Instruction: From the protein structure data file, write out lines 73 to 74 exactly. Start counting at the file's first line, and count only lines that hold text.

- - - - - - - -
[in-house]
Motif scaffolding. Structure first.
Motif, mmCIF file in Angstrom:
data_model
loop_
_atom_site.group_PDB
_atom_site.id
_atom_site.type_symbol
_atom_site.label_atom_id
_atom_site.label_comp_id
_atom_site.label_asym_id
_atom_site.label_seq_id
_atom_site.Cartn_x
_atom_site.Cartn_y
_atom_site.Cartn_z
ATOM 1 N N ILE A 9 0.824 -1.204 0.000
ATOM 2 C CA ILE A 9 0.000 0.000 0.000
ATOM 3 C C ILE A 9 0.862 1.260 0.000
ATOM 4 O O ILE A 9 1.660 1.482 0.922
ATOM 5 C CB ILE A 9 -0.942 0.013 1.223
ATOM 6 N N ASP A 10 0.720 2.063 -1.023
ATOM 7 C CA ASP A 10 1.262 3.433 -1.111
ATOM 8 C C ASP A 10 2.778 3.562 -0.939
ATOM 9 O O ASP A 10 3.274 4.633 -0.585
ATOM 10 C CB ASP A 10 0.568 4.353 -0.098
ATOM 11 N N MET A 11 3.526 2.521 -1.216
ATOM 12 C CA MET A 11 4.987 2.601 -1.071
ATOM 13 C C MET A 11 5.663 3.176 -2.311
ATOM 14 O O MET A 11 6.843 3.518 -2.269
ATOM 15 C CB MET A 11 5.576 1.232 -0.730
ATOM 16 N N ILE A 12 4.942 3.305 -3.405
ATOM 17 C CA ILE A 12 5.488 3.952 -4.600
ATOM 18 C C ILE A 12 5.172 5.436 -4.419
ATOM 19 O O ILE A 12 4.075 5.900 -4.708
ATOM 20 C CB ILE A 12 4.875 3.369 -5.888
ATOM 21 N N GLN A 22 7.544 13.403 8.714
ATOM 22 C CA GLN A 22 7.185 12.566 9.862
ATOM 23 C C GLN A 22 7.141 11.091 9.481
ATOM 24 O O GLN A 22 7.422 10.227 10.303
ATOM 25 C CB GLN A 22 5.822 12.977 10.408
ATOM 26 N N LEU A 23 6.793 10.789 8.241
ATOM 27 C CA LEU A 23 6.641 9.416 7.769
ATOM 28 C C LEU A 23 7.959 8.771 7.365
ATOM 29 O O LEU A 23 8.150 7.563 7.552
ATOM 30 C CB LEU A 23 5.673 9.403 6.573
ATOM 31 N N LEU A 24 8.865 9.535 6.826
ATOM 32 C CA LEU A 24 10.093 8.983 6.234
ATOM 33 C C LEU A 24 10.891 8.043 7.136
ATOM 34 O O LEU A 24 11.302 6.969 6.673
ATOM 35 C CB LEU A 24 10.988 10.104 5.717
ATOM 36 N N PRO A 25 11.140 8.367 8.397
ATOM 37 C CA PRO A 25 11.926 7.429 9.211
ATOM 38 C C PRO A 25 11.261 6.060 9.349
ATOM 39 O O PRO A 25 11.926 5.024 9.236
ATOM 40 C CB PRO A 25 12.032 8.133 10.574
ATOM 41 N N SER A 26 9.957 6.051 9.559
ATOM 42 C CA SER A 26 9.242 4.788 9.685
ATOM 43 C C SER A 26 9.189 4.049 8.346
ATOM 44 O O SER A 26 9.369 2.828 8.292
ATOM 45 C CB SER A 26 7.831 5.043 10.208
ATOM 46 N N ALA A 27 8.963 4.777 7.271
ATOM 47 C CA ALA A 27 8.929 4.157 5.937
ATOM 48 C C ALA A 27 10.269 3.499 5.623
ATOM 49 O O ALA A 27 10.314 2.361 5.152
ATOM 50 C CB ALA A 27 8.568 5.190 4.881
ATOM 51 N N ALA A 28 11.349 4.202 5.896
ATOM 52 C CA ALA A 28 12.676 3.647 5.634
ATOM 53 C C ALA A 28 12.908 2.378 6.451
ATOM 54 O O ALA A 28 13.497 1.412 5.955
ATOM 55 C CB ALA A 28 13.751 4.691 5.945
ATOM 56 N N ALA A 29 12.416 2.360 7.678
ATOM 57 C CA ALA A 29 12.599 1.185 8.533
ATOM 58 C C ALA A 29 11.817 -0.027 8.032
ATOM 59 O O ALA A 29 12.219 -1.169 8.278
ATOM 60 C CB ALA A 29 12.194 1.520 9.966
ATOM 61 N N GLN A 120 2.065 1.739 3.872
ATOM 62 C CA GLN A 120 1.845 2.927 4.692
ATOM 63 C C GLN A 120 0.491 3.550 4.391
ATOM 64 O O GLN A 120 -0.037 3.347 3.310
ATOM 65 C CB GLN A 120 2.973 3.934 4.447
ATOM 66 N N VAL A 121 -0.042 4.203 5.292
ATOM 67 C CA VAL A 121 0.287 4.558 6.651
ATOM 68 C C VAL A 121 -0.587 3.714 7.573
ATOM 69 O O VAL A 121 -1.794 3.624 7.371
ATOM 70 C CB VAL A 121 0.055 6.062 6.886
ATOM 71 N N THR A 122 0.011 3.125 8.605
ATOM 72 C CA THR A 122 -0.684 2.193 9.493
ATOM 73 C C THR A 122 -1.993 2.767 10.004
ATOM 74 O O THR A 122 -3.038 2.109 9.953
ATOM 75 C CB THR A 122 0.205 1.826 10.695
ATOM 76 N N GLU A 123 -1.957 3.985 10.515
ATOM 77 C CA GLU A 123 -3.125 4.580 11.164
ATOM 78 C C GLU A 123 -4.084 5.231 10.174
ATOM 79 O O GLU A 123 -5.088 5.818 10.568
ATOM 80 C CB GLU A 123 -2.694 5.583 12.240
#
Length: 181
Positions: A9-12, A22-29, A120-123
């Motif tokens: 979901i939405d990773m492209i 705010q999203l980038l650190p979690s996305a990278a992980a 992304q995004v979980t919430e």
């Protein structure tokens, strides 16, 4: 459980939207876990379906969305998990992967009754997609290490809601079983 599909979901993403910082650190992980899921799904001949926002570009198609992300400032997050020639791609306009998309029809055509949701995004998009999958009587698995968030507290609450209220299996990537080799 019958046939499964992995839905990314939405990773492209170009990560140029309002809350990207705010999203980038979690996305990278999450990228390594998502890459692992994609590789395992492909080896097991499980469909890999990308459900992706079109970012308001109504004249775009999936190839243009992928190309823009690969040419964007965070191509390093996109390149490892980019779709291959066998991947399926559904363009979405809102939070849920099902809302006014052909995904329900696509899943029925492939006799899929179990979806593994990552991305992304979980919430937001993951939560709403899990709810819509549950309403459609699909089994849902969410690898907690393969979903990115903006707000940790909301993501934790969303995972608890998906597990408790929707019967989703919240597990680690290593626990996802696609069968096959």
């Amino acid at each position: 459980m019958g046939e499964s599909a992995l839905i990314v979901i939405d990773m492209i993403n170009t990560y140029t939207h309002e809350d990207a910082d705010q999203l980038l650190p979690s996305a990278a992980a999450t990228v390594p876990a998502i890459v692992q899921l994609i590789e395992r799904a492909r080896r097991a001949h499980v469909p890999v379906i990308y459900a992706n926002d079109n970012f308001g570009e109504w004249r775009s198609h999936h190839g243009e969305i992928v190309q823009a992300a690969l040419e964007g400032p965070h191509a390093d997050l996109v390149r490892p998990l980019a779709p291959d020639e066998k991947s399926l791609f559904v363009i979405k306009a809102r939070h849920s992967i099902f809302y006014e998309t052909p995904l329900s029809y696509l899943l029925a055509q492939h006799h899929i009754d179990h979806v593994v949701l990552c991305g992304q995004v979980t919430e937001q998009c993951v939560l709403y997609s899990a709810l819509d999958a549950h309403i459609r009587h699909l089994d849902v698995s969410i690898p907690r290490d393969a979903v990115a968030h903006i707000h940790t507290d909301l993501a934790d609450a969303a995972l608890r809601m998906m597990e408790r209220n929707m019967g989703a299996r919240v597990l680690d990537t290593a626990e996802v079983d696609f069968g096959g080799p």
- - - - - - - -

ATOM 58 C C ALA A 29 11.817 -0.027 8.032
ATOM 59 O O ALA A 29 12.219 -1.169 8.278